devotional

13SEP
2020

LBCF 1689 Reflections. Part 196

Reflections on the Baptist Confession of Faith of 1689

 

23 Aug 14 began a perhaps unbroken, orderly, and personal journey through my favorite written confession of faith. These are my personal reflections on this beloved historic Particular Baptist confession of the Christian Faith.

 

NEXT-

 

Chapter 22. Of Religious Worship and the Sabbath Day. Paragraph 8: “The sabbath is then kept holy unto the Lord, when men, after a due preparing of their hearts, and ordering their common affairs aforehand, do not only observe an holy rest all day, from their own works, words and thoughts, about their worldly employment and recreations, but are also taken up the whole time in the public and private exercises of his worship, and in the duties of necessity and mercy.”

We ought to go to church. Our lives should surround our churches. My dream in life now moving into the latter half of it is just to be part of a great church. To play a role in the growing worship of a family of families centered on the truth, and living it out by God’s gracious spirit in a city. I’m so hungry for it after twenty-two years of moving around the world. I want a church to center my life in. To die in. To honor God’s sabbath rest in it as often as possible. One of my favorite testimonies in the Bible about someone is the testimony of blessed Dorcas. AKA Tabitha. She had become sick and died (but that’s not what I like about her). Luke tells us some things about this woman. She was loved. He writes of the account how, “This woman was full of good works and charitable deeds which she did.” Peter raises her from death that day, but it’s further said of her just prior to the miracle how, “All the widows stood by [Peter] weeping, showing the tunics and garments which Dorcas had made while she was with them.” Acts 9:36, 39 respectively. How great is that? Sweet Dorcas! This lady died and yet lived on in her works to the others. We should all aspire to be a Dorcas where we are with the gifts God’s given us. 1 Corinthians 12.

My dream is to pastor. To be one of the elders in a church in teaching and preaching. To honor Christ in his sabbath rest. To “order my common affairs” around the worship of God with God’s people every week. More than once a week if I can. To seek out the talents in others, pray with them, go to their places of work to pray for them better as I imagine them living out our studies where God has them. To discipline God’s people when it’s needed in the grace God provides in trusted relationship. To be with them in the bad times, the really bad times and the good. To have a set of keys to the church where I can walk through at midnight. To baptize young and old, and the kids and grandkids of others. To bear one another’s burdens. To marry new couples excited to start their lives together in God’s blessing. To hear sound preaching from people in the pulpit. To debate for the learning of God’s people. To see my own kids maybe meet fine young men and a woman (I have three girls and one boy) who want to live around the church with us. To take preaching and teaching to the ends of the earth in the catholic church I so dearly love. To do works for those who have less. To bring the Gospel to the lost. To shoot pool, have birthdays, celebrate graduations and enjoy life with those who’ll worship life’s giver with me! To glorify God and enjoy him together.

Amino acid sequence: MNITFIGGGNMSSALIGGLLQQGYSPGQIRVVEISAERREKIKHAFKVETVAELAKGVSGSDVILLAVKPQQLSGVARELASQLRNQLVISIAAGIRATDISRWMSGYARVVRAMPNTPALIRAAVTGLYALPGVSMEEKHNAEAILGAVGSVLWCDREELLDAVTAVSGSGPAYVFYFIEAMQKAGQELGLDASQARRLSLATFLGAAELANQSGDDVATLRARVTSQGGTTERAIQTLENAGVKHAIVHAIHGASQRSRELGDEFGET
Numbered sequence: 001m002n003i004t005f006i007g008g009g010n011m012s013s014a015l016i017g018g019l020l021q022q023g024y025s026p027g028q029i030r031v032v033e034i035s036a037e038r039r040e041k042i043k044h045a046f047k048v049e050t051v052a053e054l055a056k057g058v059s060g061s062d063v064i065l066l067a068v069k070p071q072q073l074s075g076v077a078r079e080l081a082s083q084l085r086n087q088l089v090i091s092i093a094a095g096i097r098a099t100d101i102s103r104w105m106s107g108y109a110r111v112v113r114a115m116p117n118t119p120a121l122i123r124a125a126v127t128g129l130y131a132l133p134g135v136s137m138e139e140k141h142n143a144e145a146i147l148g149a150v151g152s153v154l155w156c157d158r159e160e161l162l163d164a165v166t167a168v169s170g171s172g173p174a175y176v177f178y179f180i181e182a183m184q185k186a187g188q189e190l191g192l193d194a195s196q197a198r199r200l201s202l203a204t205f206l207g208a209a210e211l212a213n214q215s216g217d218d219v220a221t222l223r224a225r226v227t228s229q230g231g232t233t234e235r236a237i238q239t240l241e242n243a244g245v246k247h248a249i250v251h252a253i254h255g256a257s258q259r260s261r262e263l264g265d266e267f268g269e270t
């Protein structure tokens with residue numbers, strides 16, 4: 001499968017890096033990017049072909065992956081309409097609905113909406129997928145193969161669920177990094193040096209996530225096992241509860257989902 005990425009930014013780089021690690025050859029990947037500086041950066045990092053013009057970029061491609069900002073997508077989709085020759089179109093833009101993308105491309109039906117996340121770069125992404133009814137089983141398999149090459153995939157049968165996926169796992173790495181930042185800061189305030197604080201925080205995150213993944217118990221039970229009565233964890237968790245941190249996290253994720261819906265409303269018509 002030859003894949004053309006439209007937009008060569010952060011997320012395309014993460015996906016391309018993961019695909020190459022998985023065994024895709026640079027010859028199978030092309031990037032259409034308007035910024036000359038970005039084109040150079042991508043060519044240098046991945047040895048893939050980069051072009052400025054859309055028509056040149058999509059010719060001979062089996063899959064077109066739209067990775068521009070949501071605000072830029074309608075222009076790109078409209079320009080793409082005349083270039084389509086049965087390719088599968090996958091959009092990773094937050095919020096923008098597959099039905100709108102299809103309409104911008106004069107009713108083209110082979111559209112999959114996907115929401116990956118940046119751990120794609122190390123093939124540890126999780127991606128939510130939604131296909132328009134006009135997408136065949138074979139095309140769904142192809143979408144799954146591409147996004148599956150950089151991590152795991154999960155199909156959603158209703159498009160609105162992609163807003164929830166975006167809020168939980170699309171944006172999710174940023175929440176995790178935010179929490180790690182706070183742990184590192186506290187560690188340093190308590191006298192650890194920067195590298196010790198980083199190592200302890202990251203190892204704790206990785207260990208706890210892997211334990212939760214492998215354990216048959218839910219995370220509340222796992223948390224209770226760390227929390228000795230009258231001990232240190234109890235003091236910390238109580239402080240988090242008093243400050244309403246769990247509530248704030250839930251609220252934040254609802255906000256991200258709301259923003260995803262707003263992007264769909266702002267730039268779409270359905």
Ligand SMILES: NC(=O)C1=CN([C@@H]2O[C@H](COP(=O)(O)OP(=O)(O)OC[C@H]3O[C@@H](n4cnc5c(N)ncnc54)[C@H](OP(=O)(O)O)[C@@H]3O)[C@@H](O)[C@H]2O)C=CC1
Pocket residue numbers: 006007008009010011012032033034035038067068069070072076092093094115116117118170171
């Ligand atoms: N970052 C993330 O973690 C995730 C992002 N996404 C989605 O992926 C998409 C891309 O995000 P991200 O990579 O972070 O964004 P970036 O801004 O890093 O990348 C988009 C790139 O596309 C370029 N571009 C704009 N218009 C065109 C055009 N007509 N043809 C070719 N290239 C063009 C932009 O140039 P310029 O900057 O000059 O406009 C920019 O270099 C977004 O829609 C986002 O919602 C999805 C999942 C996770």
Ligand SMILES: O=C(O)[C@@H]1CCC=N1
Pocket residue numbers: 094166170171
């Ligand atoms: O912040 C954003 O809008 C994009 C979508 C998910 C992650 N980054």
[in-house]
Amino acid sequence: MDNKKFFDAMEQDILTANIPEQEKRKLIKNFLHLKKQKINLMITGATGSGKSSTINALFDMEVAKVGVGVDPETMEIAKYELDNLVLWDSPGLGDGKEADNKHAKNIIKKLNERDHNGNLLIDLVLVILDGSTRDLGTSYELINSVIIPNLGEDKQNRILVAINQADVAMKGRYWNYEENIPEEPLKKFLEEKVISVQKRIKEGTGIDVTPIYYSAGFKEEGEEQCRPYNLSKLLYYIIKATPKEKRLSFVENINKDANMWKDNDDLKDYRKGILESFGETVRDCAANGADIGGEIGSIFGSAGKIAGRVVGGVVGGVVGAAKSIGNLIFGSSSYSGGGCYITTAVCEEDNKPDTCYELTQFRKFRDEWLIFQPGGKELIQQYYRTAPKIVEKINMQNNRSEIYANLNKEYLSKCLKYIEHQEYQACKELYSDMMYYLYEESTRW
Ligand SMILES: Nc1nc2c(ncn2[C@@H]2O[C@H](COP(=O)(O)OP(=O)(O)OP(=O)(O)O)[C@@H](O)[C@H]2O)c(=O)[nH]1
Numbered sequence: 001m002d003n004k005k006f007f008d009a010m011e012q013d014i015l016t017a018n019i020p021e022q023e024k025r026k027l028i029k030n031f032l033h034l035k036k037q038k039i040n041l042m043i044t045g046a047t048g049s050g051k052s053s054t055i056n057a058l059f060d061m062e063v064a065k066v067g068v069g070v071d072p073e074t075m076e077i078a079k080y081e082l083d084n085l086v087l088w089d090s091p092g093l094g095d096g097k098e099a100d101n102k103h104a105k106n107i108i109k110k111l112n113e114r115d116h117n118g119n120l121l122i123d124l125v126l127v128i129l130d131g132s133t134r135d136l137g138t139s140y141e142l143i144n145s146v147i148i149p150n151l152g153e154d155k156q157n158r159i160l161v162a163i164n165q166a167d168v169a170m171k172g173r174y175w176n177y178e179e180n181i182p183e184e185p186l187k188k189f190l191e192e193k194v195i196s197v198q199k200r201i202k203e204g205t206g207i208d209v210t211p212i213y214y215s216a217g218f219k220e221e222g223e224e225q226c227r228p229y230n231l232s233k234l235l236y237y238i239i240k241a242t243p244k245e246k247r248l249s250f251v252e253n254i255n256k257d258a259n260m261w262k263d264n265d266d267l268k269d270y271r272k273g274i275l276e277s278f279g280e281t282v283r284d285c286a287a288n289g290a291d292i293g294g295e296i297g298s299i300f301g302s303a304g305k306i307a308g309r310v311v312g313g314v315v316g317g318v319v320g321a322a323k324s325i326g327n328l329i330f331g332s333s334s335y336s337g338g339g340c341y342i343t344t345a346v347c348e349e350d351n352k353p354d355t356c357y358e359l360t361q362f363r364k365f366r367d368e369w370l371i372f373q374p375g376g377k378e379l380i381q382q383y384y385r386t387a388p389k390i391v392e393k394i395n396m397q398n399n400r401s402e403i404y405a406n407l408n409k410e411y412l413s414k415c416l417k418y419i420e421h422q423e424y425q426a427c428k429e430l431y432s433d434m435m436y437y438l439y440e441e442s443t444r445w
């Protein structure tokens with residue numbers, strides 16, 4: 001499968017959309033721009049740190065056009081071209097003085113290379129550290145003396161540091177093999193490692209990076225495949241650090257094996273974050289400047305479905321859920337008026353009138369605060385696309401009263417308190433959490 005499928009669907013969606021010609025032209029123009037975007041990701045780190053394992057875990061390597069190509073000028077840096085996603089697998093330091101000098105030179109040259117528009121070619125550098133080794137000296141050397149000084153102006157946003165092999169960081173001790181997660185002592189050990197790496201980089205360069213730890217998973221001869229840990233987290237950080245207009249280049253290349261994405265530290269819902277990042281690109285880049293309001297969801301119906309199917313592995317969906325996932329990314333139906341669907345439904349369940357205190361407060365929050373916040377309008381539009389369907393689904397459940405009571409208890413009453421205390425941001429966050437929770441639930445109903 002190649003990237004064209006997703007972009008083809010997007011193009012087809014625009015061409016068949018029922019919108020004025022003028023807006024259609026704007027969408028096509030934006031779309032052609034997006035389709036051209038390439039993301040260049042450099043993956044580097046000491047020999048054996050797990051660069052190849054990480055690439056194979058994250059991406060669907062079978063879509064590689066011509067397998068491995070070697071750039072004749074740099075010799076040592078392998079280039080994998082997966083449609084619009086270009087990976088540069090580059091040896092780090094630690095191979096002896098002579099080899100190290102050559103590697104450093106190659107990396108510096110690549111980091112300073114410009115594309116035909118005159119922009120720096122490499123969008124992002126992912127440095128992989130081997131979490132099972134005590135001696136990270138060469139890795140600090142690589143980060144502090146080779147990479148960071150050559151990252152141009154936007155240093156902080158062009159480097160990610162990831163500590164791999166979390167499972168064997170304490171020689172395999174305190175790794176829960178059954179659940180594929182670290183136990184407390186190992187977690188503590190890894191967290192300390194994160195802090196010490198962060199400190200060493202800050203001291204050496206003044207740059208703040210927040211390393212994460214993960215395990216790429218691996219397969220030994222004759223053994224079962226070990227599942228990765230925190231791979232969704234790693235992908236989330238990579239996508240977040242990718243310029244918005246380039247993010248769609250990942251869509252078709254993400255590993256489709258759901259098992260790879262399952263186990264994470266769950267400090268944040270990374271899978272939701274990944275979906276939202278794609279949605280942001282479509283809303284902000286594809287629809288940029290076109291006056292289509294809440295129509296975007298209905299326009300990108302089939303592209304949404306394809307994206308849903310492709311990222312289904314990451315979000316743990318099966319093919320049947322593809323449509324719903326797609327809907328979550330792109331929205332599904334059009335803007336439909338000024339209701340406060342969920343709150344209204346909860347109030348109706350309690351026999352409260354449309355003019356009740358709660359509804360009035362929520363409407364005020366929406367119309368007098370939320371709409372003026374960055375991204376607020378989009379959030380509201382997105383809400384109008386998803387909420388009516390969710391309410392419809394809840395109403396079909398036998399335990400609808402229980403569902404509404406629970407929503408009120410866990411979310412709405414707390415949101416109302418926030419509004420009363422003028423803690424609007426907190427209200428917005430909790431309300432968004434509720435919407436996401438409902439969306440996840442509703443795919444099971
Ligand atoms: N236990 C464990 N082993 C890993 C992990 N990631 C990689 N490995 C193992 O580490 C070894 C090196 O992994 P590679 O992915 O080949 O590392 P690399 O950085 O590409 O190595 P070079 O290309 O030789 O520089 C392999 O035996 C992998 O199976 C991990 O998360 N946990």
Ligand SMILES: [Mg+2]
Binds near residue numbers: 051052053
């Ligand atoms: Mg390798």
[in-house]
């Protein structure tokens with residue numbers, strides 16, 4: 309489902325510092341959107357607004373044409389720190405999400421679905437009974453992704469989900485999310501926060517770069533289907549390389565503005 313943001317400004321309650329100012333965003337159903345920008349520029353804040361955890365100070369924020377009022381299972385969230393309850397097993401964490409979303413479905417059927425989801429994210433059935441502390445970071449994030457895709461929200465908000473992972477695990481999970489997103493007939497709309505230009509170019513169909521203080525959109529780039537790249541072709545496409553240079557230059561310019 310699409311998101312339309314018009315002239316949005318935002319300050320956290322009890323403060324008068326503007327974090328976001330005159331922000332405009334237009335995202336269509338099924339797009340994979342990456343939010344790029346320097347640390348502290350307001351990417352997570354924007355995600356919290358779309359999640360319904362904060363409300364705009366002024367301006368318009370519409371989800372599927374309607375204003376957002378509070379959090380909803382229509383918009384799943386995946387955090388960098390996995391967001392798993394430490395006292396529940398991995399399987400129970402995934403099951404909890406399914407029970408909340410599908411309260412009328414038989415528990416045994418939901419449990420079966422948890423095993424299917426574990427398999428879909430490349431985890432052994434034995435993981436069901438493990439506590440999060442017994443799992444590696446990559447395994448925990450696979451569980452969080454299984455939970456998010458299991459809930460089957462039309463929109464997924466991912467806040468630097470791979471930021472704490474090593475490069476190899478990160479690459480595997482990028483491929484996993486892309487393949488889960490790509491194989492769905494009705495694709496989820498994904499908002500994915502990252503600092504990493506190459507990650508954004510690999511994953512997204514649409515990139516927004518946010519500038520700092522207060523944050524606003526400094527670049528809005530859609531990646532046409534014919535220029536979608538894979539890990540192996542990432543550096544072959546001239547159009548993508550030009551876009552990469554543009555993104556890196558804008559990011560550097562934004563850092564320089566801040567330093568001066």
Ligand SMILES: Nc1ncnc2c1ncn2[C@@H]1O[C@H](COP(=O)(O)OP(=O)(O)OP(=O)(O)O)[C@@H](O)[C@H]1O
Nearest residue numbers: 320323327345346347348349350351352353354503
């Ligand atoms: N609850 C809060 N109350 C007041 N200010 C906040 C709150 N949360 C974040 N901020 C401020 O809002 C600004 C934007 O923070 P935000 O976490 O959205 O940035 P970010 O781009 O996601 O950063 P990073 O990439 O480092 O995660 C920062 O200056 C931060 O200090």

Setting aside my time to do all these things and more is a part of what’s done weekly on the days of the church. It’s not about dress code. It’s not about money. It’s not ultimately even about us. God has ordained four spheres of principle blessing, authority or discipline in our lives. Without naming the other three, I’ll say that the church is principle among them. We should set aside our time to honor God there. There are a hundred verses that come to mind. Here are reflections in agreement from my life with what they’re saying here.

I pray you’re a part of a good church. If you’re not, pray about it and get to looking. God will direct you if you’re seeking him in it. It is the place of the commanded blessing.

2 responses to “LBCF 1689 Reflections. Part 196”

  1. Dialis says:

    Hi! To be sure, when you say Catholic Church, do you mean universal? Or you changing from Baptist to catholic? Other that I will pray the Lord to do his will in you. Many blessings!

    • Joseph Pittano says:

      By the grace of God, no, I’m not changing from Christ. “Catholic” as in “catholic” (small c), not the Roman-based now-apostate church. No, ma’am. Catholic as used in much of ancient Christian confession (like in the Apostle’s Creed) had little to nothing to do with necessarily affirming a zip code at all, or with false claims to Petrine primacy. It had everything to do with beliefs “according to the whole” or “catholic” beliefs. These are beliefs that come with salvation. The Greek word origin of what we should affirm is καθολικός and transliterates as “katholou” or “catholic.” It simply means “on the whole,” “according to the whole,” or “in general.” And that there is one invisible church on the planet in which each member, under Christ, worships in Spirit and truth.

      It means sola scriptura and tota scriptura. In Christ’s catholic church, there are things universally believed when these principles are practiced.

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